18 September 2018
According to Chinese medicine, prunella herbal tea helps remove heat from the liver. Source: Dayre
According to Chinese medicine, prunella herbal tea helps remove heat from the liver. Source: Dayre

Herbal tea in summer, anyone?

One profession I would never fancy taking up in my next life is this: Chinese medicine doctor.

Well, the prescriptions they dole out can be quite perplexing for patients at times, while on some occasions the remedies offered are seen as no big deal as the doctors appear to be merely stating the obvious.

Let me share an experience I had this week with a member of that tribe.

After an UberEATS press conference, I made my way to a Chinese medicine doctor who was present in the room, hoping for a quick diagnosis on my physical appearance and state of health.

I didn’t have any compelling reason for a check-up; it’s just that I followed the others in the room who were all lining up for free consultation.

After taking my pulse, the doctor shook his head and said: “Do you mind if I tell you something?”

“Yes, please,” I responded, almost stopping breathing.

“You seem to have a serious problem. Please find a time for a detailed check-up,” the Chinese doctor said.

Phew, what a relief! It’s just a marketing gimmick, the likes of which I have seen before, I felt.

I had learnt, for instance, that a top private hospital in the city was in the habit of hiring “medical experts” and have them spout the same lines they always use for advising the retirees.

Returning to my encounter with the Chinese medicine doctor, following the initial words of advice, I was told that I was showing a syndrome of “hyperactivity of fire due to yin deficiency”.

Well, most reporters/writers do have “fire” within their bodies given the nature of their work, and I am no exception, especially given my age.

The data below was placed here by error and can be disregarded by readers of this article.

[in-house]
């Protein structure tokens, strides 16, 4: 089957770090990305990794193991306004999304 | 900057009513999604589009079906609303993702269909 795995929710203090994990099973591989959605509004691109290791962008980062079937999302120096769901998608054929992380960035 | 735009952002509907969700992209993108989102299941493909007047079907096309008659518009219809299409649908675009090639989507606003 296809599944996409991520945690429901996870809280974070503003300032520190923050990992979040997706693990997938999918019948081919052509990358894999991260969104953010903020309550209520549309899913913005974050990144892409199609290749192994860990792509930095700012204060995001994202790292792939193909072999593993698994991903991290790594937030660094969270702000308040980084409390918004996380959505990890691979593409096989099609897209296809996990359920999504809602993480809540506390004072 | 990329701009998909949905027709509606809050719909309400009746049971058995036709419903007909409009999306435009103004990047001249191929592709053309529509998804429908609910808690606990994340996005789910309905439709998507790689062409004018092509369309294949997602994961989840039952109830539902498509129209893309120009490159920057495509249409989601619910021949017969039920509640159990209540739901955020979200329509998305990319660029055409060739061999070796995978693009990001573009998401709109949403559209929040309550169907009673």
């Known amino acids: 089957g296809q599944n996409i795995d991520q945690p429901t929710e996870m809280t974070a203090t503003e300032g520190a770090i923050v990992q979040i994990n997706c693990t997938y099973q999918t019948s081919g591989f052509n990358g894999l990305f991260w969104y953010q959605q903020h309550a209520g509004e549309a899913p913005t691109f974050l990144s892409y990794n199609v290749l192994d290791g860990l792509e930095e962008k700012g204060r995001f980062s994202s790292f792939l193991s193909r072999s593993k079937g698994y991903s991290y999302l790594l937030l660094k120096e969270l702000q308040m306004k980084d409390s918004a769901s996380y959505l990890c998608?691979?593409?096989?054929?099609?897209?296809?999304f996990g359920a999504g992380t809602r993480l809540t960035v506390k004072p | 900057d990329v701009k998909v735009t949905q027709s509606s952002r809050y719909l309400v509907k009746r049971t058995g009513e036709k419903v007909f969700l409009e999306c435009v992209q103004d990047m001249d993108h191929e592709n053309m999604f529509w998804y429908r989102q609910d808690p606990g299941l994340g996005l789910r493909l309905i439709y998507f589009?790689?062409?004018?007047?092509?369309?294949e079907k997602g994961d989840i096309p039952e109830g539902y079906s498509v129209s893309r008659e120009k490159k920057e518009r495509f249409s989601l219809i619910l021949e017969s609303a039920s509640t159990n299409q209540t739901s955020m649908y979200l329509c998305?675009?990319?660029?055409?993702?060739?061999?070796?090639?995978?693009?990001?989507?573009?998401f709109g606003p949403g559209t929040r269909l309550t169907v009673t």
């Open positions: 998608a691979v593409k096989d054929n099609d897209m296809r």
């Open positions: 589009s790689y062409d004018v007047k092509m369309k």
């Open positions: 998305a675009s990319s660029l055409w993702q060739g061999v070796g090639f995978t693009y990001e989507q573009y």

I was given spice prunella drink (xia ku cao), which, according to the herbal tea bible of UberEATS, will do a lot of good for clearing the liver, while improving vision, dispersing pain and reducing swelling.

I already knew before that herbal tea, not ice-cream, is better for me, although I chose to ignore the advice in favor of Haagen-Dazs.

Ten years ago, I visited a Chinese doctor whom I later found out was considered one of the best in Hong Kong Island.

Every day he had a long queue outside his office. The business was so good that he hired two assistant Chinese medical doctors. I was lucky that day because I was in the master’s own line.

I suspected the doctor might have some hearing problems. He liked to ask questions so loudly that patients had to forget about their personal privacy.

“When was your last menstruation?” was among the questions he usually shouted when dealing with female patients, a line that quickly became folklore within the healthcare community.

When my turn came, the doctor asked me to show my tongue, and immediately asked if I felt itchy all the time.

Feeling offended, I said “no”. But 20 seconds later, I did feel itchy and recalled that it was always like that.

That was the magical part that I always do not understand. But looking at the paper he handed to me, I felt that I could become a Chinese doctor as well.

I figured that I would have to skip almost all of my favorite foods, especially the deep-fried stuff, if I were to follow his recommendations.

After poring through the long list, I learnt that the only thing I could consume without ill side-effects was pork and rice.

Well, I now have one more item on the safe-list — prunella herbal tea.

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EJ Insight writer

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